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Can My Teeth Really Relapse After Wearing Braces? What Happens When My Teeth Start to Relapse?

If you’re a former braces wearer, then you might be disappointed to see those successful results beginning to wane. Your teeth are gradually shifting back to the original alignment where they were before braces, all the cascading problems that resulted from your original malocclusion are resurfacing once more, and it seems like all your progress was for naught.

Still, there are responsible measures and proactive precautions you can take to deal with this relapse, and mitigate its risk. Keep reading to learn more about the causes of orthodontic relapse, and what you can do about them.


Why Do Teeth Relapse After Braces?

There are a plethora of reasons why your teeth could shift back and reposition after wearing braces:

  • External pressures
  • Bruxism (grinding and clenching, usually during sleep)
  • Gum weakening
  • Aging
  • Genetics
  • Improper retainer wear

Your teeth will be subject to various pressures throughout your lifetime: chewing can affect bite alignment at an average 70 pounds per square inch. When you play high contact sports, your teeth can obviously bear the brunt of mouth injuries, and they almost certainly will if you don’t wear a mouthguard.

These are just a few of the forces that can lead to a patient’s teeth moving and experiencing subsequent orthodontic relapse over time. Neglecting to wear your retainer, per an orthodontist’s recommendations, is another one of the most common causes of orthodontic relapse.

However, if you’re one of those neglectful patients that since changed their mind and are considering wearing that old retainer, don’t. The appliance won’t properly fit if your teeth have moved significantly, and it may end up doing more harm than good. In that circumstance, it’s best to consult an experienced licensed orthodontist about creating a new replacement retainer.

Sadly, these retainers do not offer the best protection from bruxism. If your dentist or orthodontist notices signs of profuse tooth grinding, they may advise that you interchangeably wear retainers and occlusal guards at night, or recommend different bruxism treatments entirely.

Of course, aging and genetics are considerably less out of a patient’s control than retainer wear or bruxism. Like everything else in the body, and almost everything else in life, teeth are prone to continuously changing. Despite that, being proactive and adhering to a little proper appliance wear can go a long way toward slowing down some of those inevitable changes, and mitigating relapse.

How Long Does It Take for Teeth to Relapse After Braces?

We recommend nighttime retainer wear for life, but many orthodontists find it especially crucial to closely monitor the first few months after braces. That’s because if you neglect proper retainer wear, problematic tooth shifting could emerge as quickly as those first few months. Moreover, the majority of teeth settling usually occurs through these first few months of treatment.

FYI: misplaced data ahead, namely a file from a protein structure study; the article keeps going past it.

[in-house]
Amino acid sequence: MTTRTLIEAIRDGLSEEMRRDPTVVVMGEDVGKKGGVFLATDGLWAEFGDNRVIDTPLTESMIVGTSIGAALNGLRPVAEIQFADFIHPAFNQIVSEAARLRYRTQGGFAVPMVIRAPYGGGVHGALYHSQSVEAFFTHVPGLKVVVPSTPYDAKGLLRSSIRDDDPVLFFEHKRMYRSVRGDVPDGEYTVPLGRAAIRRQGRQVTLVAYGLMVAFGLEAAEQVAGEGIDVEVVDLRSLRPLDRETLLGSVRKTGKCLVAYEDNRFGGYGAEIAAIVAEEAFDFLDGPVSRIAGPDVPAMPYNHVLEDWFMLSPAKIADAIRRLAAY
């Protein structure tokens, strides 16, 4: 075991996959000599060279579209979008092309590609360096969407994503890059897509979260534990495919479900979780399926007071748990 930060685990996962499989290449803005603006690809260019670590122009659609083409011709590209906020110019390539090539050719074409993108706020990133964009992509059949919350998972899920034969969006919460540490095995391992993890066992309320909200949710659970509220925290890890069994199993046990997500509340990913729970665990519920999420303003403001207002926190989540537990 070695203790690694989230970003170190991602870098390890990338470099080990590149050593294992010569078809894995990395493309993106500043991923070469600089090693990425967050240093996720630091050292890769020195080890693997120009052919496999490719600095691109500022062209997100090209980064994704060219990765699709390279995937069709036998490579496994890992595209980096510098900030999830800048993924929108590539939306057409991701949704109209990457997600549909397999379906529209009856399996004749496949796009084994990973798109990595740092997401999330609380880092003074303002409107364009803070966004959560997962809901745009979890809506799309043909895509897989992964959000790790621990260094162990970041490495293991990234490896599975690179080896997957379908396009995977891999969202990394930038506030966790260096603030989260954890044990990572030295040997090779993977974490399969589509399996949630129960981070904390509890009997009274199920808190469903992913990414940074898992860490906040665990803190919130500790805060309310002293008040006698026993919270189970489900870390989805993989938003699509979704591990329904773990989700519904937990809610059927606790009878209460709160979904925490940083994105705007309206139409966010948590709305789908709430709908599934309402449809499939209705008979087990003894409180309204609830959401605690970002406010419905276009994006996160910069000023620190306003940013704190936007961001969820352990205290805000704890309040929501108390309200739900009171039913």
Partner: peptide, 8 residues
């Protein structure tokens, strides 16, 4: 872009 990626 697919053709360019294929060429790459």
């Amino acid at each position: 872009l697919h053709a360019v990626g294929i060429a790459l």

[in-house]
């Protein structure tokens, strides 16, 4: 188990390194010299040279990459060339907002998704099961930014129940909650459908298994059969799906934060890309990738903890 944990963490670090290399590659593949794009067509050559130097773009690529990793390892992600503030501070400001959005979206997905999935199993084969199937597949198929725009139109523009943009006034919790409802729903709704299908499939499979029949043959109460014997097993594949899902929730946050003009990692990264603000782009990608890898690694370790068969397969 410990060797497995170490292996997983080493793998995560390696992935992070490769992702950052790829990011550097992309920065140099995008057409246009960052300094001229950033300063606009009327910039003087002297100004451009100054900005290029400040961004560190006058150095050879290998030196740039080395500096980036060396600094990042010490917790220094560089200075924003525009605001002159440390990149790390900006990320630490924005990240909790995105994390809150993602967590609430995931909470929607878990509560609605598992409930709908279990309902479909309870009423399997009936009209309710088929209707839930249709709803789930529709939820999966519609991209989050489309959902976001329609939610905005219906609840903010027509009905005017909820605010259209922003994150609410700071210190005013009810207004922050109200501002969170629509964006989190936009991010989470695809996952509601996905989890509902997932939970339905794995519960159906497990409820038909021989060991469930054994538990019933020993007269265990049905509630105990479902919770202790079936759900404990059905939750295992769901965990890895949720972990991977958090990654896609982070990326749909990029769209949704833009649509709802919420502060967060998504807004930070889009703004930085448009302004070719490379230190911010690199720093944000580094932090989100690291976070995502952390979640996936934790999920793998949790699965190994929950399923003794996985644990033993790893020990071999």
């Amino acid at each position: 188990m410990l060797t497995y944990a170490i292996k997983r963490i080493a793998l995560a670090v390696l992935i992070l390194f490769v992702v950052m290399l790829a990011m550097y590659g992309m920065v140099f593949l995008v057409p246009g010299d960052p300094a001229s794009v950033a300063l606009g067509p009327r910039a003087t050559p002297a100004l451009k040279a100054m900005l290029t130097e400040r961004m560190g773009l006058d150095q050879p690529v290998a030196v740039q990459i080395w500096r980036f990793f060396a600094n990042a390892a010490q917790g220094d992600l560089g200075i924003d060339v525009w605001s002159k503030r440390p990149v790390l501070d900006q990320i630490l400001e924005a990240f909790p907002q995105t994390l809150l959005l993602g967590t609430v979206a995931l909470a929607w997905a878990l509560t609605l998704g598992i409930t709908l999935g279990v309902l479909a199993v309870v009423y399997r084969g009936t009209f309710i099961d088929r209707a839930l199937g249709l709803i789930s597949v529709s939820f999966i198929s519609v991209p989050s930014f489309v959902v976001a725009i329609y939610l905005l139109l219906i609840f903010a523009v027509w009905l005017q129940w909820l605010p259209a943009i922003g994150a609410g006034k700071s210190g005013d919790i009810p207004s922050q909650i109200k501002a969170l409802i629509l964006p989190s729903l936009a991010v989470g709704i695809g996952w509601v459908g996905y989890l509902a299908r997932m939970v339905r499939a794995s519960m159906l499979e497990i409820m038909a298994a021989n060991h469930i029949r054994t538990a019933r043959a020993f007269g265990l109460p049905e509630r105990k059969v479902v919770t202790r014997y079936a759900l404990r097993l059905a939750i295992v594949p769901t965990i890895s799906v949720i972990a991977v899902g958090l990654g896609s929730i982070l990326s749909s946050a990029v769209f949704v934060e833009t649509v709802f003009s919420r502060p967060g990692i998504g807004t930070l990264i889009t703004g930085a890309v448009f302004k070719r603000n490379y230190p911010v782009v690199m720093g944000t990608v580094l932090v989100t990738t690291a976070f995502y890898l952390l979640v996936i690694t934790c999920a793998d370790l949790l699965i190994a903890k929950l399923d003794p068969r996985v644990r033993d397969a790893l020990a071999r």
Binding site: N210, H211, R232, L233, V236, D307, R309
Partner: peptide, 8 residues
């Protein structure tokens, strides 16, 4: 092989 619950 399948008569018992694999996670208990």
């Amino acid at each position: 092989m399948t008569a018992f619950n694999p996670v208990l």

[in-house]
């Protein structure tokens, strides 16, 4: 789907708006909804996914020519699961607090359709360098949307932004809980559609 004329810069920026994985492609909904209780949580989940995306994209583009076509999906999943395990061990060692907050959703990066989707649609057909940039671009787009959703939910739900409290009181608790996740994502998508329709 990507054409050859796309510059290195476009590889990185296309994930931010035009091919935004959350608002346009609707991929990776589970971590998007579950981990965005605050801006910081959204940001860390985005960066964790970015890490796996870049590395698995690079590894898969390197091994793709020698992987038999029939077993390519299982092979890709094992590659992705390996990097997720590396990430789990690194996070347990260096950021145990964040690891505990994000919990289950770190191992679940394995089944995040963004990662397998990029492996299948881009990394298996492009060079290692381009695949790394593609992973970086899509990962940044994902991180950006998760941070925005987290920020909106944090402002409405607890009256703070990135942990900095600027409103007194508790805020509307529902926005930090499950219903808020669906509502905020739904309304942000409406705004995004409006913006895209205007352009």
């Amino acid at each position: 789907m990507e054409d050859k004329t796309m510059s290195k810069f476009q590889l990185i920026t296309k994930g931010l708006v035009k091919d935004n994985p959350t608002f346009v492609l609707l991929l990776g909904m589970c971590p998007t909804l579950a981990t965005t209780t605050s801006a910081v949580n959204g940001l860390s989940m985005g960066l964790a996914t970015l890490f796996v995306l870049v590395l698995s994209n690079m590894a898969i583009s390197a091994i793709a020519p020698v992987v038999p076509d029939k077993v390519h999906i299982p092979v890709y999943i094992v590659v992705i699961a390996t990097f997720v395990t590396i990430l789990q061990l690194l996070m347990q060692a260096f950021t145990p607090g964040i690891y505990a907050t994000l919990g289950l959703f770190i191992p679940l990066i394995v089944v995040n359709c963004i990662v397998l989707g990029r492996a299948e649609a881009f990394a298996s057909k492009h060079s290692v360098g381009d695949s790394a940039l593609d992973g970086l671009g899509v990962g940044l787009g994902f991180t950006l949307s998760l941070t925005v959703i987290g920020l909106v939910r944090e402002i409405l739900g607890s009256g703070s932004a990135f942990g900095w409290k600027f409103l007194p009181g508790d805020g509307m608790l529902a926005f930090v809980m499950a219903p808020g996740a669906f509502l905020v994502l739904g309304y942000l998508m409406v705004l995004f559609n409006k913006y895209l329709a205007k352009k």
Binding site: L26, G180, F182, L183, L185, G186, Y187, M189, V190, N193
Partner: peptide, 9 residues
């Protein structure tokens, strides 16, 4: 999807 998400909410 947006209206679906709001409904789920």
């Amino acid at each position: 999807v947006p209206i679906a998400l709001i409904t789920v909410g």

While it’s true that nearly 1 in 5 orthodontic patients can be subject to some relapse after the three-year mark, it’s not impossible for teeth shifting and relapse to occur earlier. That’s why proper retainer wear is so important — some teeth shifting may occur, but proper appliance use remains the best method to keep that shifting to a minimum.

Person Wearing Clear Plastic Retainers

Can Retainers Move Teeth Back After Braces?

A retainer’s main purpose is to help “retain” the teeth’s newly aligned positioning. This appliance won’t apply drastic force to shift teeth as orthodontia will. Even so, retainers may be sufficient to mitigate mild dental shifts in many cases.

But the inverse is also true. If you’re using a damaged or ill-fitted retainer, it could cause soreness and create mild shifts that leave your teeth more crooked than ideal.

If you’re experiencing pain or undesired subtle shifts that you suspect are linked to your retainer, consult an orthodontist about switching to a more accurately-fitted replacement retainer.

What To Do If Your Teeth Relapse

In case we haven’t stressed the idea enough, proper orthodontic retainer use is usually the definitive relapse fix, as it can impede serious shifting before those serious shifts ever even occur. Minor movements can usually be corrected with such retainers.

But if more significant regression and relapse have occurred, your orthodontist may recommend retreatment with braces or aligners. If you’re an older patient, you might not feel so keen about the idea of wearing braces again. That’s why we would recommend fixing severe relapse with Smilify clear aligners. This type of appliance is:

  • Usually worn shorter term (6 months) than other orthodontic devices
  • Discreet and nearly invisible
  • Costs less than Invisalign and able to be paid over a flexible monthly payment plan
  • Made with Invisalign-patented SmartTrack material

Moreover, it also helps to receive care from a provider with their own lifetime guarantee. If your car gets dinged up in an accident, you don’t just let that go and neglect to repair it at an auto body shop.

You’ll usually have that fender bender promptly attended to by a mechanic, and fender bender or not, taking your car in for routine vehicle inspection is still an important part of being a responsible driver.

The same principle applies to both your oral health and overall health. Routine maintenance of your teeth is an essential step to keeping your lifelong smile journey on the straight and narrow. Ultimately, those maintenance procedures and checkups are best done by experienced, licensed, and trusted professionals.